Who was Eshinni and Kakushinni, and why do we have a service for them? No doubt our BWA (Buddhist Women’s Association) members could answer these questions, because they have held services for them for many years, but to some others these names may not be so familiar. This year is the first time we will have a Temple-wide service for them. This article is intended to provide a brief background.
The founder of our Jodo Shinshu sect of Buddhism is Shinran Shonin. In a nutshell, Eshinni was Shinran’s wife and Kakushinni, a daughter, was the youngest of their six children.
Eshinni was born in Niigata Prefecture in 1182 and married Shinran about 1210. Little is known about her except through ten letters she wrote to Kakushinni during the waning years of her life. These letters were discovered in Hongwanji (mother temple of the Jodo Shinshu sect in Kyoto, Japan) archives in 1921. They cast light on many “holes” not only on our knowledge about her life but Shinran’s as well. Eshinni died at about age 89 in Niigata prefecture.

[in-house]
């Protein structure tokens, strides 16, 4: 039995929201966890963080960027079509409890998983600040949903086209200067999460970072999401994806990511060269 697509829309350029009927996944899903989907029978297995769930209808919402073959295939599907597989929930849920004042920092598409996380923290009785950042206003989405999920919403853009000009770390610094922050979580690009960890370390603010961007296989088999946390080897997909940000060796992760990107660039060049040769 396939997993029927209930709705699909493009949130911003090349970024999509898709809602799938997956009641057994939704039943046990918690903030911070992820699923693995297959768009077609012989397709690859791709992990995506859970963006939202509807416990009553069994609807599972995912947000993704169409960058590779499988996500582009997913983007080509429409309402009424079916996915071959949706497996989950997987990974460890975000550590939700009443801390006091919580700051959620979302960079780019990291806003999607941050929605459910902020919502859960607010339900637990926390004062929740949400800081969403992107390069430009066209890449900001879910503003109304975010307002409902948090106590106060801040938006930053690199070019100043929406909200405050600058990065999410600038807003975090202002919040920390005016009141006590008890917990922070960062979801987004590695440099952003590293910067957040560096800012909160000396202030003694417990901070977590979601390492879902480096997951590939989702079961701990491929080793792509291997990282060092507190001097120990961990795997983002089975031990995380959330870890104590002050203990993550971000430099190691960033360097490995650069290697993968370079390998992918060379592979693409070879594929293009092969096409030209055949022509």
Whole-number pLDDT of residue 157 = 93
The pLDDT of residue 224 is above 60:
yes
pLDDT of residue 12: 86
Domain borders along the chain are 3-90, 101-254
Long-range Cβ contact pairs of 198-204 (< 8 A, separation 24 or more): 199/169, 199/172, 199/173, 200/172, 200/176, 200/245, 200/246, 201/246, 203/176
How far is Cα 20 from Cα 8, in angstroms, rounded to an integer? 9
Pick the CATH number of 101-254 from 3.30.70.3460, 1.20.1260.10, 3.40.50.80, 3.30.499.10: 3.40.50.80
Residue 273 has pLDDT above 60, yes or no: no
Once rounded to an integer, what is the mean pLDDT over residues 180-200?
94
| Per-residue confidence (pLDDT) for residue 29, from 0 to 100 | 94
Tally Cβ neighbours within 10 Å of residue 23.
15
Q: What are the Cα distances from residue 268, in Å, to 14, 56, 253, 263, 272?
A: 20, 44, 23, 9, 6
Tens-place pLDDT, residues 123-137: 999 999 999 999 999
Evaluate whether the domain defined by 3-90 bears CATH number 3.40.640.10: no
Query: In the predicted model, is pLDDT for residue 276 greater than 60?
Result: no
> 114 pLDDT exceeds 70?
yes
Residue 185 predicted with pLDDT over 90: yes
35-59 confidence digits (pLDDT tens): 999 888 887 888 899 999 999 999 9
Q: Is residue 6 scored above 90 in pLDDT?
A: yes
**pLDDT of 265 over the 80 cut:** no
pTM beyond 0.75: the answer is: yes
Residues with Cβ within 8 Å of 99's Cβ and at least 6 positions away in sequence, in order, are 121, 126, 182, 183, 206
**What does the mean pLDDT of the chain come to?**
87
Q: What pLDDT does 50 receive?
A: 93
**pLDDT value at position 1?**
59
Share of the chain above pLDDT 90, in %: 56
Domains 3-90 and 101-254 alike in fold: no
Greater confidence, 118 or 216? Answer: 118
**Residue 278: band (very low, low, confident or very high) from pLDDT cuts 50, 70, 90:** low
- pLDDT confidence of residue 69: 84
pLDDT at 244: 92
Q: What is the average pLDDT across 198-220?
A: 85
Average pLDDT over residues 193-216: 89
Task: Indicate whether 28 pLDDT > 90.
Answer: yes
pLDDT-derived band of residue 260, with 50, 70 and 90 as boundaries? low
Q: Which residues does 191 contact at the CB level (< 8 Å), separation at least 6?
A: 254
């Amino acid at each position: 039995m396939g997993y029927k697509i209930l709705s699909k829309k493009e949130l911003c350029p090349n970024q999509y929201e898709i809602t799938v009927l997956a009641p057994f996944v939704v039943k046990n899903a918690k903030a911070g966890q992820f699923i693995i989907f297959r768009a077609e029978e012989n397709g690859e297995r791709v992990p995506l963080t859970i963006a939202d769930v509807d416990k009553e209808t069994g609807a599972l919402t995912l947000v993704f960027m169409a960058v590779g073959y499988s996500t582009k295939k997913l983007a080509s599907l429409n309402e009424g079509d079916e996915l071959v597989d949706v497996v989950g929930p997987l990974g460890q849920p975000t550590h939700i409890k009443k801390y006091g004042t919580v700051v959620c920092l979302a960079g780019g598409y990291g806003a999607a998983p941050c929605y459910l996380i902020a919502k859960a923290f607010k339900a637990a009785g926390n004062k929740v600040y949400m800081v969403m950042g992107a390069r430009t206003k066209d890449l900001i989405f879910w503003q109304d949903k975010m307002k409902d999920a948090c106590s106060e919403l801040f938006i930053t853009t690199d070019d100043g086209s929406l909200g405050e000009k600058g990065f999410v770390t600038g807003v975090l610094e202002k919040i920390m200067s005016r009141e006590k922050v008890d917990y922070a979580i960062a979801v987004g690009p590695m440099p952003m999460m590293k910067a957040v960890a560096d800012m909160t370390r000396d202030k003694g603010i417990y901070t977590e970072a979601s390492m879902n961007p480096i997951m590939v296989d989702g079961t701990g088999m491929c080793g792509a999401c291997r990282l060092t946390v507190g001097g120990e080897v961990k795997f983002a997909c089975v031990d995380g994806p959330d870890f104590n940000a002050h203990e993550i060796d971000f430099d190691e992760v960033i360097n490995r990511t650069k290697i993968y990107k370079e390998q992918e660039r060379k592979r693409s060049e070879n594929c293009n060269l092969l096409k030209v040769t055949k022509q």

Eshinni, from The Life of Eshinni by Yoshiko Ohtani
As Eshinni is revered for her dedication to Shinran during his productive years, Kakushinni is known for being her father’s caregiver in his final years. She was about 30 years old when Shinran died at the age of 90. And after Shinran’s death, Kakushinni is revered for planting the seeds that were to grow into today’s Hongwanji.
Ten years after Shinran’s passing, Kakushinni built a Memorial Hall for his remains, and established the means for insuring the Hall and the property it was built on would belong to the Jodo Shinshu Sangha in all future generations. This was the beginning of Ohtani Mausoleum and of the Hongwanji.
A monument stands in front of the Butsuden (Hondo) at the Ohtani Mausoleum to pay tribute to Kakushinni’s contributions.
In 1978, at its convention in Sao Paulo, Brazil, the World BWA (comprised of BWA organizations of Japan, mainland U.S.A., Hawaii, Canada, and Brazil) passed a resolution to conduct annual services in memory of Eshinni. Then in 2002, the World BWA passed a resolution to similarly honor Kakushinni. At WLA, the BWA honors both at the same service.